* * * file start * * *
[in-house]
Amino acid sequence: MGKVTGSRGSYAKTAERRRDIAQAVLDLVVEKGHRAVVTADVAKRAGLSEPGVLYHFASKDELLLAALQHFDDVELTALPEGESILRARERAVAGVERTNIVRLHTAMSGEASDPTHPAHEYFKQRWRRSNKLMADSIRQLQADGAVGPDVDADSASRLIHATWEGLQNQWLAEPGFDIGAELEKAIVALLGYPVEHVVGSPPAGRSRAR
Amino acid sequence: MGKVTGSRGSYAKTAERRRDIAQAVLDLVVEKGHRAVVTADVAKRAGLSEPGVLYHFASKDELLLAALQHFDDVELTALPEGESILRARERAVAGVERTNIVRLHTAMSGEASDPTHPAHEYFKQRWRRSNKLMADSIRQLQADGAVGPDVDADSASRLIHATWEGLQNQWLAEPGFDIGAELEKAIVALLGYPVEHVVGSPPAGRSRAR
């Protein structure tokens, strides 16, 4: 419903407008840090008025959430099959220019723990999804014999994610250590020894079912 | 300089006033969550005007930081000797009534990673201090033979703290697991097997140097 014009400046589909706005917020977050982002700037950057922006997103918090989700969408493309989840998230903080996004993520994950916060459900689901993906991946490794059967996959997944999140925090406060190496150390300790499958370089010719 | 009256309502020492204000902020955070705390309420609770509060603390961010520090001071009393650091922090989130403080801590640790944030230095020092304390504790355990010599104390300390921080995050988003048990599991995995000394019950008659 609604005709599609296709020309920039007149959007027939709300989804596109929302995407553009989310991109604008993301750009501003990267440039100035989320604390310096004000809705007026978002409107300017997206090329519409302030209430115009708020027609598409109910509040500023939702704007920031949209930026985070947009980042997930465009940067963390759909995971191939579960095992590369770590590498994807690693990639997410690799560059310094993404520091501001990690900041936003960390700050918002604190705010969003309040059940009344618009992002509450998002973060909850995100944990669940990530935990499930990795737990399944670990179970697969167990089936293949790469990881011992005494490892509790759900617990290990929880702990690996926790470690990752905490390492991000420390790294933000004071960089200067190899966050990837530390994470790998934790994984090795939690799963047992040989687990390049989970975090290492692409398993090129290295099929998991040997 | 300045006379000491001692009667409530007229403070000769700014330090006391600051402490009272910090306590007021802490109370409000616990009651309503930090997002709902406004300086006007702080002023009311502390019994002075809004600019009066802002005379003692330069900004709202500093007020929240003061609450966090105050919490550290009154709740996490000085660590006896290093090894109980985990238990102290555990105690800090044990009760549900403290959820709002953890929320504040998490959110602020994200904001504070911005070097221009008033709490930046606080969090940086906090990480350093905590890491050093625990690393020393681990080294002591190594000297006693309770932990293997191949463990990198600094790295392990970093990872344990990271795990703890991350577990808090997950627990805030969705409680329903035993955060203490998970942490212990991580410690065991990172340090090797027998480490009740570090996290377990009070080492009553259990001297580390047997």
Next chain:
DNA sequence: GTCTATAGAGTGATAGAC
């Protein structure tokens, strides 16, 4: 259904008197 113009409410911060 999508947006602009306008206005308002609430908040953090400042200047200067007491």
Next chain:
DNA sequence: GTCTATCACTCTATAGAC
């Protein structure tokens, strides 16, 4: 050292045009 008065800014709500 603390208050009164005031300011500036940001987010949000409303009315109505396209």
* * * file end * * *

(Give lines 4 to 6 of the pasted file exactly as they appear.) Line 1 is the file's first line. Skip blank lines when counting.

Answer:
């Protein structure tokens, strides 16, 4: 419903407008840090008025959430099959220019723990999804014999994610250590020894079912 | 300089006033969550005007930081000797009534990673201090033979703290697991097997140097 014009400046589909706005917020977050982002700037950057922006997103918090989700969408493309989840998230903080996004993520994950916060459900689901993906991946490794059967996959997944999140925090406060190496150390300790499958370089010719 | 009256309502020492204000902020955070705390309420609770509060603390961010520090001071009393650091922090989130403080801590640790944030230095020092304390504790355990010599104390300390921080995050988003048990599991995995000394019950008659 609604005709599609296709020309920039007149959007027939709300989804596109929302995407553009989310991109604008993301750009501003990267440039100035989320604390310096004000809705007026978002409107300017997206090329519409302030209430115009708020027609598409109910509040500023939702704007920031949209930026985070947009980042997930465009940067963390759909995971191939579960095992590369770590590498994807690693990639997410690799560059310094993404520091501001990690900041936003960390700050918002604190705010969003309040059940009344618009992002509450998002973060909850995100944990669940990530935990499930990795737990399944670990179970697969167990089936293949790469990881011992005494490892509790759900617990290990929880702990690996926790470690990752905490390492991000420390790294933000004071960089200067190899966050990837530390994470790998934790994984090795939690799963047992040989687990390049989970975090290492692409398993090129290295099929998991040997 | 300045006379000491001692009667409530007229403070000769700014330090006391600051402490009272910090306590007021802490109370409000616990009651309503930090997002709902406004300086006007702080002023009311502390019994002075809004600019009066802002005379003692330069900004709202500093007020929240003061609450966090105050919490550290009154709740996490000085660590006896290093090894109980985990238990102290555990105690800090044990009760549900403290959820709002953890929320504040998490959110602020994200904001504070911005070097221009008033709490930046606080969090940086906090990480350093905590890491050093625990690393020393681990080294002591190594000297006693309770932990293997191949463990990198600094790295392990970093990872344990990271795990703890991350577990808090997950627990805030969705409680329903035993955060203490998970942490212990991580410690065991990172340090090797027998480490009740570090996290377990009070080492009553259990001297580390047997």
Next chain:
DNA sequence: GTCTATAGAGTGATAGAC